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Programming tone detection

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Hi guys! I''ve had an idea of a project that needed to find the tone of the sound input. I''m looking for something almost like voice recognition, but instead note detection. All I''d need is to find out the frequency in Hz (ex A3 = 440hz) and I should able to do the rest on my own. Also, I''d need to be able to calculate it over short intervals, so I don''t want the note to be held for 1 second before the program finds out which note it is. Thanks for the help! - Vince989

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Thanks for your reply! ^_^

Now, where can I find info on it? A name is useless if you don''t have what goes with it...

And just to make sure we are talking about the same thing, one possible use would be to make a guitar tuner. If it''d work, then that''s really what I''m looking for!

- Vince989

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A guitar doesn''t emit a ''tone'' - it emits an analog waveform (which is preferably sampled for your convenience).

As for Googling for FFT DSP PROGRAMMING, it won''t probably be enough to get you started. My suggestion is for you to get a book on DSP (, read it) and if then you can''t figure this out for yourself, ask questions, because no one''s going to explain it to you in a forum, that''s for sure.




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Guest Anonymous Poster
Actually, try this link:

www.dspdimension.com

By just doing an FFT of a short portion of a sampled sound you won''t receive the high accuracy of the pitch estimate you need. By using the analysis stage of the Phase Vocoder you will get an accuracy better than 1 Hz, provided you use buffers of 1024 samples and a sampling frequency of 44.1 kHz.

There is just a little math needed :-)

Tip: Precompute the cosine table instead of using the cos function if you want the algorithm to run faster...

good luck...

btw, You can check out this pdf for another quick explanation of the phase vocoder and how to use it for harmonizing a signal...

http://www.s3.kth.se/signal/reports/exjobb/04/IR-SB-EX-0411.pdf

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Actually, after reading a bit (especially the pdf file), I've found out I asked for info I already knew...

I know that sound isn't only a tone; it's some kind of waveform, and it can be calculated in Hz. In music, A3 is used for 440Hz, and A4 (one octave higher) is 880Hz. If you consider the fact that "notes are an exponential function" (k^x for instance), along with the fact the each octave is composed of 12 half tones, this means gives us that each half note (C to C# as well as E to F) is 1,0594602272727272727272727272727 times bigger than the last one. Knowing this, I don't really need tone detection; Instead, what I need is simply a way to get the frequency over a short timespan (as I am reading, estimate it from 1024 parts per defined timespan) . Then, once I could know the frequency in Hz over a short interval, I could take care of the rest... ^_^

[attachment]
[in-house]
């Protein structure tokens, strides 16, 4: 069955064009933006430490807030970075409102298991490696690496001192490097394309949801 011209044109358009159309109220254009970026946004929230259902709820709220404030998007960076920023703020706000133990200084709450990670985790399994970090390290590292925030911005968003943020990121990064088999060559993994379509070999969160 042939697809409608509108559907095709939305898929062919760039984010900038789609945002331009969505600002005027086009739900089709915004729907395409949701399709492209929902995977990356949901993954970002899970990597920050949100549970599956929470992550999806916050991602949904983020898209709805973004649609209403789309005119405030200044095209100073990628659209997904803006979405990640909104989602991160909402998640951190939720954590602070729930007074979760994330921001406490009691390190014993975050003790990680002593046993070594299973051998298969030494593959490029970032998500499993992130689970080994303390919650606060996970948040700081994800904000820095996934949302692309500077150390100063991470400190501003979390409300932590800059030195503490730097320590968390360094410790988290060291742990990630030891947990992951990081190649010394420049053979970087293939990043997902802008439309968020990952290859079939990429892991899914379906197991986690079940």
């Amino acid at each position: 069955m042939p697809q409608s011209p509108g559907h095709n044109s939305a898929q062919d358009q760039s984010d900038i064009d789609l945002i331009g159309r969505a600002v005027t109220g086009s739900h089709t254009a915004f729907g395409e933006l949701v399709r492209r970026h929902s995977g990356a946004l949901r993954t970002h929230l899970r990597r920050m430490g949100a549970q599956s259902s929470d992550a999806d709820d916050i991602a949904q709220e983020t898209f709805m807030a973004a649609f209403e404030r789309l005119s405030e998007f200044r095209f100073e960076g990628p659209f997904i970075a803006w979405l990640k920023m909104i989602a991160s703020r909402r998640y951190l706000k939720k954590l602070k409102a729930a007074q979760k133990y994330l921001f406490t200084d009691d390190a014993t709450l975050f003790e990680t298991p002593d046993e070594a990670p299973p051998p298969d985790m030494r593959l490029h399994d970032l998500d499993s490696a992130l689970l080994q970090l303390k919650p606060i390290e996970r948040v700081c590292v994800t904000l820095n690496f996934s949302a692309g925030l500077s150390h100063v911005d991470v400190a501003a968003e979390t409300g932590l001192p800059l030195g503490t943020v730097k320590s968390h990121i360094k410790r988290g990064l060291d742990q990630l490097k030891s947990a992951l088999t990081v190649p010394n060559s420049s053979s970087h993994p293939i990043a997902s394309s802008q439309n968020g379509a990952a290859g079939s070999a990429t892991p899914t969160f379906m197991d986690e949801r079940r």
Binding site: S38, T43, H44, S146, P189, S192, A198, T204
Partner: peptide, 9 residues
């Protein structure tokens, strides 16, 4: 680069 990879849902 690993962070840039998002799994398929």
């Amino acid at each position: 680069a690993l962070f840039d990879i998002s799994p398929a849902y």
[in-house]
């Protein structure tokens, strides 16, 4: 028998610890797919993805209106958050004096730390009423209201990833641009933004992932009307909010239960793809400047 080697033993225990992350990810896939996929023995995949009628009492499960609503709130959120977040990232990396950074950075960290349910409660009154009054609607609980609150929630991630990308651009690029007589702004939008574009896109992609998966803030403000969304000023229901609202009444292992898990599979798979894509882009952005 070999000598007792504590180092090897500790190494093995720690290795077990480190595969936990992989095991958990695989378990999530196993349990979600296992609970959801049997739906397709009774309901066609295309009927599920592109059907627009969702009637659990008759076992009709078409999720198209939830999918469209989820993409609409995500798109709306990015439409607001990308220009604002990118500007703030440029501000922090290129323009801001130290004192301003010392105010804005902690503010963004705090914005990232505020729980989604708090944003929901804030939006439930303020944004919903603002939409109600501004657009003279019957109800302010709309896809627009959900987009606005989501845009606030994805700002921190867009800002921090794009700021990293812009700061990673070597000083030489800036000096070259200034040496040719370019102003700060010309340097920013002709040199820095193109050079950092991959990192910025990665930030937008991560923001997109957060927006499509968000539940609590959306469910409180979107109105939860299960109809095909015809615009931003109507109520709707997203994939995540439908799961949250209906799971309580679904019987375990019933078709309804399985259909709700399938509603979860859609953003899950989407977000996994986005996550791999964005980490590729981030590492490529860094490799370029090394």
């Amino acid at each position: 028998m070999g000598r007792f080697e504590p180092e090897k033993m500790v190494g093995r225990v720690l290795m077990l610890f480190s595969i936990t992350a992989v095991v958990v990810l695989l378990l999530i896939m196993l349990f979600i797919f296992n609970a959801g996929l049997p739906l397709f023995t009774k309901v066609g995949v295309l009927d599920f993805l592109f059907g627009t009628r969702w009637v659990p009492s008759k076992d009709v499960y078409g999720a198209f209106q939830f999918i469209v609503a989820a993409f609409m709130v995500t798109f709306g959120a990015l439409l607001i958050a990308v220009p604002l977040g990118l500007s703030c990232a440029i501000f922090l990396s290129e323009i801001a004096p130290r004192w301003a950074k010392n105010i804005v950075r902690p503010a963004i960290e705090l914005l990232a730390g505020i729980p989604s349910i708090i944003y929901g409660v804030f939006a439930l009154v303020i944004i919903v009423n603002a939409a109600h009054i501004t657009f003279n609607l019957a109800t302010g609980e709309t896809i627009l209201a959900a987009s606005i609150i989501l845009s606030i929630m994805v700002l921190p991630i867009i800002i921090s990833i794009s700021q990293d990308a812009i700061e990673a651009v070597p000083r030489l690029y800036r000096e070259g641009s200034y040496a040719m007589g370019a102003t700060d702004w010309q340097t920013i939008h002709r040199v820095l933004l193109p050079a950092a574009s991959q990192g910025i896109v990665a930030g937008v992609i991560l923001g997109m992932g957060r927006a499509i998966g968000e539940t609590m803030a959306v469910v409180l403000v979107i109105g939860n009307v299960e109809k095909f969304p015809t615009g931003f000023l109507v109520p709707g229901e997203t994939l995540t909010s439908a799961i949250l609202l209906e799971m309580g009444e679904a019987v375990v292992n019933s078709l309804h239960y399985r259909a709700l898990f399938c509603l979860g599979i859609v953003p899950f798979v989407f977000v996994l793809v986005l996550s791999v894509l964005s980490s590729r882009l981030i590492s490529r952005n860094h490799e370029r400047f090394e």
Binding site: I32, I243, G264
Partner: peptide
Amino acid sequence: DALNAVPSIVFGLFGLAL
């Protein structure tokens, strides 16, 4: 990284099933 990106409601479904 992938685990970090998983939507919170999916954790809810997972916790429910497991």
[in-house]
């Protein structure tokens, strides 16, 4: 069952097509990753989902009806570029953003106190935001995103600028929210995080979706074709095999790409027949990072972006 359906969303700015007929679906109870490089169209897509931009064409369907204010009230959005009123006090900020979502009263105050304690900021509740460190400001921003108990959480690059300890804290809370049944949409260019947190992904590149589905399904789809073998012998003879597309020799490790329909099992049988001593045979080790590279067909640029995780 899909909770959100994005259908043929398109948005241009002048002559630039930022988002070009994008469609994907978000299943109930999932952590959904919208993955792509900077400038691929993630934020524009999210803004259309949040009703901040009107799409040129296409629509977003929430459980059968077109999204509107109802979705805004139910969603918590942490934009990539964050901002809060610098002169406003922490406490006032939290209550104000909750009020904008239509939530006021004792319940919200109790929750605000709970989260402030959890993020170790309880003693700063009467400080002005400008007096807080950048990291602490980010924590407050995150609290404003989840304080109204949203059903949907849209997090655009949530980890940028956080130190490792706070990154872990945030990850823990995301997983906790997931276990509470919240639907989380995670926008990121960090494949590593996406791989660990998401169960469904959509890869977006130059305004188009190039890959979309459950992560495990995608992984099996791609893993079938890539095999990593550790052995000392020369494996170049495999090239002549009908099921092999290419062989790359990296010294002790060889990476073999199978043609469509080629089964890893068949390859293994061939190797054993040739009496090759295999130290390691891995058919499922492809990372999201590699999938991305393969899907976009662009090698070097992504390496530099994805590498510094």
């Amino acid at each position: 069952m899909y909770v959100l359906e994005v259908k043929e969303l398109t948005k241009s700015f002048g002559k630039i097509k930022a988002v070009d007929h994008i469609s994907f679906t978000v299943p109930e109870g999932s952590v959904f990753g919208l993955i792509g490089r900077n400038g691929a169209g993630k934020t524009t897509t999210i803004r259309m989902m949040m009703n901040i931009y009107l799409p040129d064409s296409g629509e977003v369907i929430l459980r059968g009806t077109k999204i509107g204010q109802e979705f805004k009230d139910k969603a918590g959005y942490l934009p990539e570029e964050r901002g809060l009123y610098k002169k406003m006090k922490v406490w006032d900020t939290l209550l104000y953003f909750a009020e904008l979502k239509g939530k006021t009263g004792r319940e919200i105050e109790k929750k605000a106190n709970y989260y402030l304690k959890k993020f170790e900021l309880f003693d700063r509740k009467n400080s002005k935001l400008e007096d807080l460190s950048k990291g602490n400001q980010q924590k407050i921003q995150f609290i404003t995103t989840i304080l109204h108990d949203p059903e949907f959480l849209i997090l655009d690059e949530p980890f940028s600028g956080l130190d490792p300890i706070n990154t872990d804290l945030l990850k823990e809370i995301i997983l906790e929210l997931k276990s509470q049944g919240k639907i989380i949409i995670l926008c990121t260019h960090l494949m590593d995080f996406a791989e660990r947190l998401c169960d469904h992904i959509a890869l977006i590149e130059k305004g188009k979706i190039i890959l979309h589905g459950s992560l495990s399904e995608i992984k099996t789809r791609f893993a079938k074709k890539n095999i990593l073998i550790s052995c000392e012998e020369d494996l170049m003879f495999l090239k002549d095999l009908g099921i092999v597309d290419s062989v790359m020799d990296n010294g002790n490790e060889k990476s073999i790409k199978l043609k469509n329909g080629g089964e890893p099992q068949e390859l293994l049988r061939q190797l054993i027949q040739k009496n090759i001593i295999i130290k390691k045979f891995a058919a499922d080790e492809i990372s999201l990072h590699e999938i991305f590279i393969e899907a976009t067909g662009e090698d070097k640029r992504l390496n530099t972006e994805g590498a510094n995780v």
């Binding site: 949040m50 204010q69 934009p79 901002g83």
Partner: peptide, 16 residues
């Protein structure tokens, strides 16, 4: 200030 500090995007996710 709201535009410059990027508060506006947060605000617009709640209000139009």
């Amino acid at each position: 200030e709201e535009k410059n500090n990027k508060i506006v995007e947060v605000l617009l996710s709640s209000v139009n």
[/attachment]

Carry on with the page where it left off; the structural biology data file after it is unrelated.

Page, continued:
As it is right now, it seems like what I need really is FFT . So, I'll just need to find some time (I study in Computer Science at college, and it's keeping me quite busy... ) , read into it, and I should be able to do it on my own.

Also, something quite interesting, I've received an e-mail which had a link to a site :
http://www.relisoft.com/freeware/index.htm
This site has an implementation of frequency detection using FFT, so I might as well look into it, get to understand how it works, and somewhat use it to make sure I'm on the right track. There is even the source code available for download, so that should help me get on the right track.

I'll be coding the game in C++ , and I'll make it cross-platform. Any pointers as to how I could make the sound input cross-platform, so it can work on Win32 as well as Linux and hopefully Mac?

Thanks for the help guys, you've already helped me progress quite a lot in the right direction...

- Vince989

[edited by - Vince989 on April 14, 2004 3:49:20 PM]

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A word of caution: FFT isn''t something "you decide to look into and do for yourself". Just a fair warning - it''s somewhat more involved than a simple tutorial or two. Anyone who says they can write the FFT from scratch without reading up on dozens of related issues, is either lying or... well, lying...

You''ve got the bulk of the general theory as to how to do this right, but that doesn''t mean you can do it (most people can''t... and I''m not overestimating). If you decide to go with a 3rd part FFT implementation, you''ll be off doing whatever you want to do in a lot less time. Just something for you to consider. Also consider www.fftw.org.




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